Referring to the drawings, 1 identifies a tube, which may be any size in length and diameter as for example in Figures 1 and 4 and may be constructed of any suitable material, preferably 85 glass of special make, the same being-penetrable by infra-red rays, especially at one end identified by the numeral 2, and transparent at the other end 3 to the eye of an observer.
This tube may be mounted in any well-known or convenient manner and at any suitable location within a tubular housing 4, which may be of any length and any diameter found commercially suitable. Said tubular housing 4 may be made of any suitable metal, and the inner surface of this tubular `housing may have a darkened surface identified at 5, so as to prevent any reection from the inner surface of the housing into the'selenium cell compartment from a lateral direction, so as to avoid any other rays than the infra-red rays entering the vacuum tube.
The tube consists essentiallyoftwo parts, a special type of selenium cell 6 and a special type of gaseous discharge lamp 7, either as in Figure 3 or as in Figure 4, and is designed to be gas` tight, and dividing the tube into two compartments, namely the selenium cell and the gaseous discharge lamp compartments, is a partition 8, which may be constructed of any material found commercially suitable, such as bakelite materiall 1104 or asbestos, or soapstone, preferably the latter. `This partition constitutes a light-tight screen or ,opaque screen, and while it is light-tight it can be gas tight,y or it maybe both. This partition screen 8 forms an integral partof the tube., In other words when constructing the tube, the margin of theA partition screen is fused or otherwise suitably connected into the wall of the vacuum tube ,1, said partition screen separating the selenium cell tightly from the gaseousdischa'rge lamp; In some Vcases where only the opaque partition screen (not gas tight) is used, the selenium cell is in the same atmosphere as the parts of the gaseous discharge lamp though not necessarily. On one side of the partition screen the selenium cell structure is located adjacent the'front face of the partition screen, whereas the other side forms the cathode 9. Y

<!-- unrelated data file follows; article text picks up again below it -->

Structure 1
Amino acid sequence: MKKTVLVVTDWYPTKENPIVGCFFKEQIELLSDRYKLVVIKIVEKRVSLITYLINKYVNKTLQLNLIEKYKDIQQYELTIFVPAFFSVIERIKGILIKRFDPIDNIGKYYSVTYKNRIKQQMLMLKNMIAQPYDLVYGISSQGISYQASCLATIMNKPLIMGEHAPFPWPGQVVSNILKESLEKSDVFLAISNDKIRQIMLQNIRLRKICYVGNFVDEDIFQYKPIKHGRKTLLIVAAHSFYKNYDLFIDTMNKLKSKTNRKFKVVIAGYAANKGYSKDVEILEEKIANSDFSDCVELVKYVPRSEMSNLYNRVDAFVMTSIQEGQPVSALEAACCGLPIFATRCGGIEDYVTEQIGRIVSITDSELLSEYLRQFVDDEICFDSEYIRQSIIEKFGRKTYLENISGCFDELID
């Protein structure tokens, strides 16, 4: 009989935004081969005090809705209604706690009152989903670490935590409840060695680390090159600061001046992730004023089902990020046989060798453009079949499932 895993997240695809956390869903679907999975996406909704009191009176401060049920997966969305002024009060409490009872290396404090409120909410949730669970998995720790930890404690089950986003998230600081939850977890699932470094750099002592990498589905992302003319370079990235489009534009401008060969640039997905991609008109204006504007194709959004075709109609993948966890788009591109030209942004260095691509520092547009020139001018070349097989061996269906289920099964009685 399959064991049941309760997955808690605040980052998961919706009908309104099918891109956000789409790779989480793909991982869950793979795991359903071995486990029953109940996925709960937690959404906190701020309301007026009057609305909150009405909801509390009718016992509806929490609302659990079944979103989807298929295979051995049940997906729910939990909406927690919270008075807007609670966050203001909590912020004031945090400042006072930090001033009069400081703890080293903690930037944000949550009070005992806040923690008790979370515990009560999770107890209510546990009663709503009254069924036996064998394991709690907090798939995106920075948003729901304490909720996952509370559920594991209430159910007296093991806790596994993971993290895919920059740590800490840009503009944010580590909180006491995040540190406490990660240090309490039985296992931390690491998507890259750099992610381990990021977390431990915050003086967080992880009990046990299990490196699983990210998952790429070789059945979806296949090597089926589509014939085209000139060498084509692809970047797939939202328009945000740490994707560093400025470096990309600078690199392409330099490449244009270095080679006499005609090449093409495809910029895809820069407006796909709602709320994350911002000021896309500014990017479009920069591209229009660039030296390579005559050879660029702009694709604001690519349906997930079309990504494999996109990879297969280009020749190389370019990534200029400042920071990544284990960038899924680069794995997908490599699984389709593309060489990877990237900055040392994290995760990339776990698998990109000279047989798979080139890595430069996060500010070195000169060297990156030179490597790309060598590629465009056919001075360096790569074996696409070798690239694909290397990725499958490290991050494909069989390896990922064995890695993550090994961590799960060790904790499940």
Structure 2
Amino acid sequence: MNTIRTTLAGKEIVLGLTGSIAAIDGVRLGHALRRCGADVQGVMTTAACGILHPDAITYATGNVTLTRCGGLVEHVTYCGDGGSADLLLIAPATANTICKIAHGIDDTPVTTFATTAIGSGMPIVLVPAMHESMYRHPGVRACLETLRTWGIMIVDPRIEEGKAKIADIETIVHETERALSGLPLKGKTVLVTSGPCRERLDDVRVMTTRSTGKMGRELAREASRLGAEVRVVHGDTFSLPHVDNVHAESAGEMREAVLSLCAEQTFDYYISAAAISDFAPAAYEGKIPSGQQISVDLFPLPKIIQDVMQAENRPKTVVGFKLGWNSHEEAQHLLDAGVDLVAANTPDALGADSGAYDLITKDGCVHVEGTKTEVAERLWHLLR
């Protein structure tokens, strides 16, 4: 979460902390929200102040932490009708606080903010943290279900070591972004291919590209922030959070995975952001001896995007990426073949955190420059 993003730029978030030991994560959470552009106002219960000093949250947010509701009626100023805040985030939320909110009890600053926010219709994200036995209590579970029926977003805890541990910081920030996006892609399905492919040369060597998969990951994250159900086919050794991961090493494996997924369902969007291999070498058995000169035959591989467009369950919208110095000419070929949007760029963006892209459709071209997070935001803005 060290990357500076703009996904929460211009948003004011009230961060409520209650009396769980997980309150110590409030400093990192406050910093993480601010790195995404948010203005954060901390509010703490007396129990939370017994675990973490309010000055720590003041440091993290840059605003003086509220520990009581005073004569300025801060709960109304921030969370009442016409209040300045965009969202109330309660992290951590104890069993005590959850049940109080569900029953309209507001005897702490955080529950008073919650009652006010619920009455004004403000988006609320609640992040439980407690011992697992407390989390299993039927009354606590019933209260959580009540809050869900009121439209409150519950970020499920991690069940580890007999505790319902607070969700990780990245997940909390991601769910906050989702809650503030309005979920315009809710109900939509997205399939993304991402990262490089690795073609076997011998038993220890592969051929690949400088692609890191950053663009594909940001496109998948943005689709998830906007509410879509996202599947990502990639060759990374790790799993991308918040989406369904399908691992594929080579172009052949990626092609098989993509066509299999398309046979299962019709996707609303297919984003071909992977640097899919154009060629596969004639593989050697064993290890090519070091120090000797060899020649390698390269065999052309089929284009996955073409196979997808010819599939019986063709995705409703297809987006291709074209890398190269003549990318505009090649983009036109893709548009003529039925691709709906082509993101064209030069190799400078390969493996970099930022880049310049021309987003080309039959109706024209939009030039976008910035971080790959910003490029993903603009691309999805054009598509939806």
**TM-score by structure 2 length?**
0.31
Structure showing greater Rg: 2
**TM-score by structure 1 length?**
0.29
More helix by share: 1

The partition screen comprises anysuitable insulating material such as bakelite, asbestos or soapstone, preferably the latter, and embedded therein is a. great number or a multiplicity of small units 10 of metal, graphite or other suitable materials, (line wire or cubes), which when being embedded in the partition screen, are all carefully insulated from each other by 'the insulating material and symmetrically arranged and equally spaced, and in such. a manner as to present a smooth and plain surface on both the selenium cell and gaseous discharge lamp sides. In FigureA 5 these short wire or cube units of metal extend transversely of the partition screen orV wall with their ends on one-side, adjacent the selenium cell extended a short distance beyond the surface of the insulation, the spaces between the extended ends being lled with a light'sensitive material 11, in which a plurality of ne wires or strips 12 are embedded. The other ends of the fine wire units 10 terminate short of the opposite side of the wall or insulation, that is adjacent the gaseous discharge lamp side, and said terminals 13 of said units are located within the cavities 14, thereby preventing any undue electrical transmission from one to the other in transmitting the infra-red image through the partition screen, and also form the cathode of the gaseous discharge lamp.